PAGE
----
To have seen a 2nd gen red Camaro parked in someone’s garage in LA would not have even raised an eyebrow, maybe a rolling of the eyes. Tons of ’em. The 350 swap would almost be expected, and personally I’m glad the original engine is gone. One thing I really like about this Camaro is the black interior, especially the bucket seats. Engine looks no frills lots of thrills…lots to like here about this Camaro….

    Like 11
  3. ccrvtt

    Agree with Steve R. – What? No Blue Plate? I hate vinyl tops on 2nd gen Camaros but at least the seller has the fortitude to include close up photos of the rust lurking below.

    Plus: All-time great design, relatively good condition, runs (hot), wicket handle shift lever

    Minus: Vinyl top, suspect history, still overheats with new radiator, wicket handle shift lever

    $10,600 is all the money here, maybe a little more.

    Like 10

    I like the front Split bumper better,the staple shifter is kewl. My old boss had a new 1 in yellow,I took my Driving test in his,passed,way back in Philly.

    Like 1
    • Stillrunners

      No A/C ?…..surely not a Cali car…

      Like 3
  5. bruce baker

    I can’t believe in the painted orange after market performance intake manifold on/in this car. Yeah because the hood shuts with no big hole in it. I up graded my 73 RS Camaros stock 350 engine with rebuilt heads an a low profile Street Dominator Manifold with that one inch thick adapter plate {the stock manifold came off in two pieces because of a rusty crack over #8). My hood wouldn’t close all the way with the stock air cleaner. So my “cool cars only” buddy told me to “chuck the stock 2 barrel”, & get a Holly 4 barrel carb. My dad called that little 2 barrel carb. “a 1 barrel carb.” as i soon did. I put a 600 series carb. on it along with a mild street cam/lifters. The hood still wouldn’t shut with a chrome air cleaner like this one under it. The high mileage engine didn’t run that good with the 4 barrel, So i put back that stock now rebuilt tuned carb. with it’s new smaller chromed air cleaner. Then cut a 12″ dia. hole in the hood. That engine ran so great for 2 hard years of 84 miles a day.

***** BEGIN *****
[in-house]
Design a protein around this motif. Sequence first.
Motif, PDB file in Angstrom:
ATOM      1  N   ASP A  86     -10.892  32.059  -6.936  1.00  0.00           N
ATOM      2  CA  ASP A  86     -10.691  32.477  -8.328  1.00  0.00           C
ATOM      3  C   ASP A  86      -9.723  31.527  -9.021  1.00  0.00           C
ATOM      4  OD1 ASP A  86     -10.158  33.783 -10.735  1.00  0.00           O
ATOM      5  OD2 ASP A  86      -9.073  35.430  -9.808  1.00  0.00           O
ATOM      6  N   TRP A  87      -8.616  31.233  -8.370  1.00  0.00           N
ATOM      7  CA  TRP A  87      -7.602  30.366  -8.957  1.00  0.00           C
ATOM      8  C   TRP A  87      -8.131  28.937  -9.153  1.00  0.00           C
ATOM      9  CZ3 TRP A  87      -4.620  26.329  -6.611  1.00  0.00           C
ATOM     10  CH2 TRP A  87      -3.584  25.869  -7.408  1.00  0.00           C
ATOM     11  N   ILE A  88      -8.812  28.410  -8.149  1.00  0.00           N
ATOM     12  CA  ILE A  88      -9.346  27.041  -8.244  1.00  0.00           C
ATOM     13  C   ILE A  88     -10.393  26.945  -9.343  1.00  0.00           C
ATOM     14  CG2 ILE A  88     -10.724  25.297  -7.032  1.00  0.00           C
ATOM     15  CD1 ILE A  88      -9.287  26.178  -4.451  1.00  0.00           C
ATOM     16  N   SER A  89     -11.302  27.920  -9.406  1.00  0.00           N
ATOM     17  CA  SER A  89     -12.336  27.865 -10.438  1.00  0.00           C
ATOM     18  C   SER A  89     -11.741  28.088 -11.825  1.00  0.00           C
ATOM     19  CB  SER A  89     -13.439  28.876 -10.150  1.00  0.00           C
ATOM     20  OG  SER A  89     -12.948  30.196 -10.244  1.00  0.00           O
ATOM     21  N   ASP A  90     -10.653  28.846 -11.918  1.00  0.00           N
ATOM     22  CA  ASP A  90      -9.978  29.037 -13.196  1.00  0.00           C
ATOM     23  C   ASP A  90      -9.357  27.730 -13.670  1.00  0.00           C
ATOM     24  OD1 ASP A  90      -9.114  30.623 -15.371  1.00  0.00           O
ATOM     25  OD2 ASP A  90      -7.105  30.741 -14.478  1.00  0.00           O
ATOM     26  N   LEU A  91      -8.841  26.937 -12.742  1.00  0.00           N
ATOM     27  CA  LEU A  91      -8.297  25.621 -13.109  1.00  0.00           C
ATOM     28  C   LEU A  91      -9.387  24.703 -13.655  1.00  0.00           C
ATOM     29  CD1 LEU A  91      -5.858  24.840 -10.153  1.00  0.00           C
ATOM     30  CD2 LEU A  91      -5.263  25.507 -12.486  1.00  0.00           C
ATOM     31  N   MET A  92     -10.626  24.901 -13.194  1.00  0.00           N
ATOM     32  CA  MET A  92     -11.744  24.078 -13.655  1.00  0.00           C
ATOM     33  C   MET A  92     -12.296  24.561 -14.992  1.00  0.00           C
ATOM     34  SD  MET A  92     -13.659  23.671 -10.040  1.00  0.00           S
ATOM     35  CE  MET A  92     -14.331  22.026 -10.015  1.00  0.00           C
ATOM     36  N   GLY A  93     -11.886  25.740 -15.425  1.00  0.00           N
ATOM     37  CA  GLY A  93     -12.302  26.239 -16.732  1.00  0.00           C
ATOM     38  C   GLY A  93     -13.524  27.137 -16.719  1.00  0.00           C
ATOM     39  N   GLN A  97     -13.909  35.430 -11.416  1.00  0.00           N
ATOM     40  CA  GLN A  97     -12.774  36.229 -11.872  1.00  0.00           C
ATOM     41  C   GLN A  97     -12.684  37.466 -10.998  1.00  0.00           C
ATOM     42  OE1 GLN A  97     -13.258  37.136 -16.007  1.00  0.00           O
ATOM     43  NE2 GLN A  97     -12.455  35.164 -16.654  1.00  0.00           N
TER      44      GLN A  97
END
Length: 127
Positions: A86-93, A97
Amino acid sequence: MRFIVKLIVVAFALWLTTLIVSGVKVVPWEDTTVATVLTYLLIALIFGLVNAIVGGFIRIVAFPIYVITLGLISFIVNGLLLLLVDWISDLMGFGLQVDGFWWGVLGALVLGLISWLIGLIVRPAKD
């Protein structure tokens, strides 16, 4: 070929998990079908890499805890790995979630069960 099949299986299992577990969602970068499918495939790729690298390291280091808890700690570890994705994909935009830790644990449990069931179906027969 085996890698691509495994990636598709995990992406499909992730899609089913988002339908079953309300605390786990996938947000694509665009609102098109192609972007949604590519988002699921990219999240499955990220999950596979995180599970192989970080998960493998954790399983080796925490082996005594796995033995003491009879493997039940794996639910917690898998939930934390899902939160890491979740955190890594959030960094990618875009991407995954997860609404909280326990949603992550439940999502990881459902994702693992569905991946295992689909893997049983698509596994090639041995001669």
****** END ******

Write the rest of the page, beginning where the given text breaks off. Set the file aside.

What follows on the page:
Like 0
    • Steve R

      In the late-90’s part of the registration renewal process was having the car visually inspected as part of the states emissions testing protocol. An aluminum intake manifold would stand out like a sore thumb, I have several friends that would paint their intakes orange so as to minimize the attention they would receive from the person doing inspection. It wouldn’t have been necessary on an Edelbrock performer intake, since it was considered a replacement part, but many people didn’t know that. Testing was no fun, even if someone had all legal parts, they were at the mercy of whoever was looking at the car. If they didn’t like the way something looked they could fail you and send you to state run centers for further more involved inspections.

      Steve R

      Like 2
      • bruce baker

        “Late 90’s”. Good point, & i have “been there done that” since my first car in 1975. I could wright a thick book at how smog places have failed my cars over the years.
        But Sir, if i didn’t fix it that way, (A/C Delco part) the car probably wouldn’t of made it here now.
        “Sir, Use factory parts only”
        But the only factory Lucus alternator that’s for sale, & still works, is in Britain right now!
        “Hey sir, I can also fail your car for not having an engine shroud”.
        But it’s made out of ugly cardboard, and is in the way of the oil filter change!
        “Sir bring it back when it’s correct”.
        But those parts have nothing to do with smog!!!!

        Like 0
      • bruce baker

        But how does the hood close without a reverse dent?

        Like 0
  6. John

    When I was young, and these cars were new, we often found that the carburetor jets were so lean the engine was starving for fuel. Starving motors run very hot. Then you put headers on it Increasing the exhaust flow. Without adjusting the mixture, and recurving the distributor, it’s easy to explain the heating issue.

    The reason I bring all of this up is that it leads me to question the ability of the person who installed the motor, and then tried to cool it with a larger radiator. All he got was a larger volume of hot water. I’d be very wary of this one.

    Like 4
  7. Norman Wrensch

    The 350 block is notorious for cracking just above the lifters, many times it does not leak much. But it does make for overheating problems, I have ran into this several times, especially if it is a four bolt main. I heard from one rebuilder claiming about 40% are cracked. And I have ran into three of them myself.

    Like 3
  8. TimM

    I own a 70 carmaro with a 396 and a 4 speed!! This isn’t quite that kind of car but nevertheless it is a good looking machine and seems pretty rust free!! I don’t think anyone owning this car will be disappointed if they don’t pay crazy money!! I love mine and this looks good enough to run it like you stole it!!

    Like 3
  9. Jeepster

    have a 1971 model,( since 1984 ) as always some dumas uses the term split bumper – never fails.

    Rally Sport or
    Standard front
    and the one with the incorrect bumpers

    AND, why can we not post photos anymore BF ?????

    Like 1

    LOL/ Been called worse.

    Like 0